My Point: How change takes place in today’s tennis world
In my limited lifetime of tennis there are a few things in the game I would love to see take place that probably won’t.
Most of these types of changes take years of lobbying the shakers and movers in key positions, thus you almost need to dedicate more time than I have left with those ideas and then sway each individual who has the power to help that cause come to fruition.
When I’ve had the ear of a biggie in the business and explained a well thought out idea their reply has been, “Wow, that’s pretty good, but it’ll probably never happen because there’s too many people who have to come together on it.”
A rich gentleman by the name of Jimmy Van Alen with roots of old New York and an Astor/Vanderbilt bloodline spent summers in Newport, R.I. learning to play the game of tennis in the early 30’s. Later he became an idea man and managed the Newport Casino which was primarily a men’s club.
His first claim to tennis fame was to refurbish the Casino (1954) and get the USLTA to authorize it as the new National Lawn Tennis Hall of Fame, which has now become the International Tennis Hall of Fame and owned by the USTA.
In 1957 he came up with a new scoring method for tennis called VASSS (Van Alen Simplified Scoring System).
In VASSS zero replaces the term love, and deuce and advantage are eliminated entirely. Briefly put, individual games are simply scored one, two, three instead of 15, 30, 40, and the game goes to the first player who wins four points. Should players be tied 6-6 in games, they then play a nine-point sudden death with the set going to the player who first scores five points. By using VASSS, no match can last longer than about an hour and 10 minutes or, as Van Alen put it, “Just about as long as I care to watch people play tennis.” (That has now changed to the first to 7 points win by 2.) By using VASSS, no match can last longer than about an hour and 10 minutes or, as Van Alen put it, “Just about as long as I care to watch people play tennis.”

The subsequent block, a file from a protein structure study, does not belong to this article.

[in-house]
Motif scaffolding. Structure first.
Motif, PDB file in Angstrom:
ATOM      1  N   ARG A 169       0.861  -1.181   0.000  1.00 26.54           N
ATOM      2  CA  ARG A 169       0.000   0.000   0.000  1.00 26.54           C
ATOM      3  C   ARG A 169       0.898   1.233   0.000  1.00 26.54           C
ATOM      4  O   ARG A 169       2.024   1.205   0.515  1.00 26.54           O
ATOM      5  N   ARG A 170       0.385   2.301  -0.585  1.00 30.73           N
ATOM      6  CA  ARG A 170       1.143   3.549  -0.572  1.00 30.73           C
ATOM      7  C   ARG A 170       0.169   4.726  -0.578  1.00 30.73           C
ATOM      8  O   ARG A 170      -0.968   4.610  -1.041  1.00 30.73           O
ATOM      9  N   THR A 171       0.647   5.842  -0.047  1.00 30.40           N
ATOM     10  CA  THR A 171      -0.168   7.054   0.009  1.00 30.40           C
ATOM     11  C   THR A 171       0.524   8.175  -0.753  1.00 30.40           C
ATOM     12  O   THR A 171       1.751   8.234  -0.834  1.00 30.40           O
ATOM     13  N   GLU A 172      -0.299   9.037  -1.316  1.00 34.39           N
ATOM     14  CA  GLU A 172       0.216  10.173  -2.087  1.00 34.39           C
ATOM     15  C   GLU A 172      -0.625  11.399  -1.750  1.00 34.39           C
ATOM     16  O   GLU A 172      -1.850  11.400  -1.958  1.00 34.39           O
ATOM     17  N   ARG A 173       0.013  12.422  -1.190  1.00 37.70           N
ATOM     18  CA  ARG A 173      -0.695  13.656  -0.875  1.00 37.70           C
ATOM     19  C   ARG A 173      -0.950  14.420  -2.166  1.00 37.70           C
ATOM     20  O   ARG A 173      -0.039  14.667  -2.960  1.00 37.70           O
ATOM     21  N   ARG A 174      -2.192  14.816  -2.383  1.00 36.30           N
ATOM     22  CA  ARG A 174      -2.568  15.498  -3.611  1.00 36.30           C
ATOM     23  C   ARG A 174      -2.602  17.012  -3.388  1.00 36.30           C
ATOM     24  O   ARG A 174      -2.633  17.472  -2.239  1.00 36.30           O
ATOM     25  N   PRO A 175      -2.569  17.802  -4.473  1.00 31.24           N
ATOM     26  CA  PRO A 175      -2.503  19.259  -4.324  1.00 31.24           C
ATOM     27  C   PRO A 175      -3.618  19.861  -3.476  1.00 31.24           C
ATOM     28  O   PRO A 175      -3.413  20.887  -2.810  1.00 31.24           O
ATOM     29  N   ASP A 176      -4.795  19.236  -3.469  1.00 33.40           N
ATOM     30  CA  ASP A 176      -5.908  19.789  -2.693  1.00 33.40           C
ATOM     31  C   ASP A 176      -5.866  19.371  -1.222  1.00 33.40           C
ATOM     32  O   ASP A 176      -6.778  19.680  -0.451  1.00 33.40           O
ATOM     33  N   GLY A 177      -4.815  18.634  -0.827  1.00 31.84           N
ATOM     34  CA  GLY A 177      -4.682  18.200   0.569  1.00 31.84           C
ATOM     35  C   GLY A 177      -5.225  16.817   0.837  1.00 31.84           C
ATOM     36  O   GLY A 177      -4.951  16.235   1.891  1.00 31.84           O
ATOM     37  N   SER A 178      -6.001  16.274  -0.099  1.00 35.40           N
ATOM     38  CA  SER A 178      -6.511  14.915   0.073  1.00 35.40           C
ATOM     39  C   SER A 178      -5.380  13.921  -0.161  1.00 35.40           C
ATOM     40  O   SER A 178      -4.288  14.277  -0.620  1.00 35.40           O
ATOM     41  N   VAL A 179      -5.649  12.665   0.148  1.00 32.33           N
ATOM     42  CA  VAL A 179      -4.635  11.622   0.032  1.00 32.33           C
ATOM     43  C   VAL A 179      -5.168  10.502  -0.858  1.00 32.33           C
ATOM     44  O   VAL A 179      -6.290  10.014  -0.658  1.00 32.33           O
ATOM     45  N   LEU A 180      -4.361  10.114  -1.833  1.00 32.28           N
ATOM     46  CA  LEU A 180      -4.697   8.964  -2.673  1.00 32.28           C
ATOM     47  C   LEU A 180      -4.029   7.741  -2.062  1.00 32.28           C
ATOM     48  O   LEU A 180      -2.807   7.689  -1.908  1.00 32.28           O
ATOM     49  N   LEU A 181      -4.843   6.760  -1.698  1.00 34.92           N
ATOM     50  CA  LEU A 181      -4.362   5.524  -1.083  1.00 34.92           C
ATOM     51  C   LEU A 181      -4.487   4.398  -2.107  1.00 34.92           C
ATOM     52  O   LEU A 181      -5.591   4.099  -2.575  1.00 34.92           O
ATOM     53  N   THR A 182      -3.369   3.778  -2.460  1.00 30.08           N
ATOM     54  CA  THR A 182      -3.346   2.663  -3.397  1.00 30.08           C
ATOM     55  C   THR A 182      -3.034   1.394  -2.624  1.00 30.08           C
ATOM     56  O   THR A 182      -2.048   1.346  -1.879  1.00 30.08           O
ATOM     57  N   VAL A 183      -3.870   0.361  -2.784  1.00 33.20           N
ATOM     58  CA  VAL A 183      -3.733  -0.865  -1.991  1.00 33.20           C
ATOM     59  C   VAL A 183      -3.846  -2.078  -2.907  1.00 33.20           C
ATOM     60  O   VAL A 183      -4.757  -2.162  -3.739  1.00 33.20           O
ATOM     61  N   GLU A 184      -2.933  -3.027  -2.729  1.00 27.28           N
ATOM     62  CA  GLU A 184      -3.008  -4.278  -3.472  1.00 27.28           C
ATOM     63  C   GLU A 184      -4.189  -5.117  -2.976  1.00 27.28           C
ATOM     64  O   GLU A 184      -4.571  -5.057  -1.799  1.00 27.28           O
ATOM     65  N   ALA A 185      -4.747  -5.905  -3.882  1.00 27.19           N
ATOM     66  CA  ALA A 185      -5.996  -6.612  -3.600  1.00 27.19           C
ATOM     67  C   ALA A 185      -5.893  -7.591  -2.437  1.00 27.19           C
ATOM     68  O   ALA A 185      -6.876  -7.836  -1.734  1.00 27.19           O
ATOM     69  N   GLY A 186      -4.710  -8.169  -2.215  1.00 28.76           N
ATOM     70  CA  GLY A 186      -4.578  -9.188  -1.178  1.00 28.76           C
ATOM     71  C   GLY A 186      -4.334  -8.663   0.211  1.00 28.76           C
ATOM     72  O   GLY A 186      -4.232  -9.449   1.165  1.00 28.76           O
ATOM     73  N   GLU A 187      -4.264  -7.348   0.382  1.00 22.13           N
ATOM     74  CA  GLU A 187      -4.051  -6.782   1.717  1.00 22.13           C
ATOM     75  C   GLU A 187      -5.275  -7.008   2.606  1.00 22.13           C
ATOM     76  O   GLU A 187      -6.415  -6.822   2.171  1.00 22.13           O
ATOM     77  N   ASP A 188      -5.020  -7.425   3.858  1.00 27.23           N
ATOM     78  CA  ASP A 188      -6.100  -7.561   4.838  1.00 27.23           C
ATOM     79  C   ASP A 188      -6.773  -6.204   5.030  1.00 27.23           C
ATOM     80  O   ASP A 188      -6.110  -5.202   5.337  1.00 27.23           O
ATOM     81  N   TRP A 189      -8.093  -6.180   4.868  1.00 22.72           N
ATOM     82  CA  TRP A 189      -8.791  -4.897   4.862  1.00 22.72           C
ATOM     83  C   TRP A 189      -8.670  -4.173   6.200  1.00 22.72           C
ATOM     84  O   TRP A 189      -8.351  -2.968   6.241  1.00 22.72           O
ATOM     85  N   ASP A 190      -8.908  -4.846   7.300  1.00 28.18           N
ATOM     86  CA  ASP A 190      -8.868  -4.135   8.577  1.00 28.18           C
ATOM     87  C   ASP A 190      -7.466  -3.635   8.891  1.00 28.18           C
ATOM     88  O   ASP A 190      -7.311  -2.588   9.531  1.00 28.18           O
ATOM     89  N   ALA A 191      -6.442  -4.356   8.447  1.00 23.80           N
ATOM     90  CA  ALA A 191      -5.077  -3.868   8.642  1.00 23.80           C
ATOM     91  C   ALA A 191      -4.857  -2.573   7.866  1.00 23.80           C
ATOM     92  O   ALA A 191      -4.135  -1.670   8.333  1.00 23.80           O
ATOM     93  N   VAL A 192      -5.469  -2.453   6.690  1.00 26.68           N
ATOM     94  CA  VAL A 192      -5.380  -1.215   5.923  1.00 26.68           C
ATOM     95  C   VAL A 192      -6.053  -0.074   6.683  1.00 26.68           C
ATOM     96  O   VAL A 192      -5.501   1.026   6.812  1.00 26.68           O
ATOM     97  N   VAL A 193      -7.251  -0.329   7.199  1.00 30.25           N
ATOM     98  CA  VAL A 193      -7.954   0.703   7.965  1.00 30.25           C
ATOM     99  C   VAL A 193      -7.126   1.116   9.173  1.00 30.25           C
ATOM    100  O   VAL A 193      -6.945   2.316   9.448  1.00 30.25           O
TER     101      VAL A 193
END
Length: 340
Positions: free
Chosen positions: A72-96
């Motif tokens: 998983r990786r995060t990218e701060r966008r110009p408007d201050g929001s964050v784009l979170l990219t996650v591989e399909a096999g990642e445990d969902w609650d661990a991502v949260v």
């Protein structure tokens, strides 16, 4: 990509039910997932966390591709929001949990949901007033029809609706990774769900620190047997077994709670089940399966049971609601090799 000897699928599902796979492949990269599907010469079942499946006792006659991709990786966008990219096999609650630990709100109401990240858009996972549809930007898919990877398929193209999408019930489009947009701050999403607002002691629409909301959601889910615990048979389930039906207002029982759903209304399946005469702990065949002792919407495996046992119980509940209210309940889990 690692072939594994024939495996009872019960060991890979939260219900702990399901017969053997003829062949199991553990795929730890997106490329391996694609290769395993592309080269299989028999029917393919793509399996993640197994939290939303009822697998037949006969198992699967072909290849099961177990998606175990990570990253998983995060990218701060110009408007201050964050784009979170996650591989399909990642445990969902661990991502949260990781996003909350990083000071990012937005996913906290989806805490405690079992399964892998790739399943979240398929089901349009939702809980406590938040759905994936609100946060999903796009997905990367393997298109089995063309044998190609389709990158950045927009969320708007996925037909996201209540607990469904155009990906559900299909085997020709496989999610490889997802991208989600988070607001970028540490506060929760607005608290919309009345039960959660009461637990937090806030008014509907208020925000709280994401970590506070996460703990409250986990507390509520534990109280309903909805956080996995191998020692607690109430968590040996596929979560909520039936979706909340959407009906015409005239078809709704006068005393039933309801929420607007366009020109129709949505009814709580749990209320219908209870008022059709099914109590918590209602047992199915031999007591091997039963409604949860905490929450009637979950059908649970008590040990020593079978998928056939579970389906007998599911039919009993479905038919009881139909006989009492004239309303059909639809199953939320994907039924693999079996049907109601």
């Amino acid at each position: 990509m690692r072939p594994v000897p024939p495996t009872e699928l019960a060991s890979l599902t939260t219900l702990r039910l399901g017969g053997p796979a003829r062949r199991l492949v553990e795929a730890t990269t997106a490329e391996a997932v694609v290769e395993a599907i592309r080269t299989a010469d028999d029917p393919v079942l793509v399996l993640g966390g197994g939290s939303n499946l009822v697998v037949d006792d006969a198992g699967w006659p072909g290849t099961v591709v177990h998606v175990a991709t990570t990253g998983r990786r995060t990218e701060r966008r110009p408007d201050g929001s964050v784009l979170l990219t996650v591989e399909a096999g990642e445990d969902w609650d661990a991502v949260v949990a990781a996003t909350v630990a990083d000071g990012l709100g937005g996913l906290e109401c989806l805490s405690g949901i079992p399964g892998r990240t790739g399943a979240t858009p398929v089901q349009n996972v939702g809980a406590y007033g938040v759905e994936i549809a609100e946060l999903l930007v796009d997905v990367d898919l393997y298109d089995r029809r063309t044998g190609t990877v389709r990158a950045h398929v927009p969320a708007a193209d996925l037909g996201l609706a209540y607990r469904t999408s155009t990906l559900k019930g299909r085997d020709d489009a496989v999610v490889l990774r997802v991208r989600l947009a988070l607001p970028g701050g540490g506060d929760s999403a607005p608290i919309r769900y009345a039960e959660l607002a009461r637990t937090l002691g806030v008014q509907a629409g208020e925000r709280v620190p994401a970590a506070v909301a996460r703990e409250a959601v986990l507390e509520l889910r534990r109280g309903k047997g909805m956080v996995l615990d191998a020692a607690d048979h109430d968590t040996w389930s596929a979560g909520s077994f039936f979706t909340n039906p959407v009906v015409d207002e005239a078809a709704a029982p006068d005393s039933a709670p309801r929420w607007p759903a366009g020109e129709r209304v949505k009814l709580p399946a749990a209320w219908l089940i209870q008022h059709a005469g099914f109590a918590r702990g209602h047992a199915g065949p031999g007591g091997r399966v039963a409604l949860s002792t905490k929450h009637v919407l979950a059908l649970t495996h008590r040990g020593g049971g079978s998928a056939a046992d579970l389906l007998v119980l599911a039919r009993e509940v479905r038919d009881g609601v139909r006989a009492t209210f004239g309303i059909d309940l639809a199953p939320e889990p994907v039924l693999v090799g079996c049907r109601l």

It took him from 1957 until 1970 to get the tie-break recognized, tried and finally sanctioned. He was rich and had the ear of the tennis establishment, whereas most others do not.
As far as rule changes go there have been a few others in the past 25 years or so:
• Recently time violations for spending more time than 25 seconds between points.
• Service let’s are played in men’s division one college tennis.
• Double hits have to be intentional.
• Tennis racquets have set length/width limitations.
So, let’s add a few more changes. On the serve when you toss the ball it counts for one of your two tries no matter you hit it or not. This would make it a bit fairer to the receiver who only gets one try to return it. Let’s also only go with one type of tie break - the same the pro’s use so there is less confusion to the general tennis public.
Scoring will be as Van Alen suggested. The first to 4 points win by two each game. 1-2-3-game, win by two. Build tennis huts/patios at each small public tennis facility and set up a fair simple contract for a tennis professional to run programs. If you don’t the facilities don’t get the use they should. (I’d love to see this done at the Armory courts in Prescott and the BSM high school courts in Prescott Valley.) Have one day tournaments (round robins) instead of full weekend and longer ones; people just don’t have the time unless they’re hard core players.
You either stay up with the times or the game and its facilities will falter.
Chris Howard is a local USPTA Tennis Professional with over 50 years in the racquet and fitness industry. He can be reached at 928-642-6775 or firstname.lastname@example.org.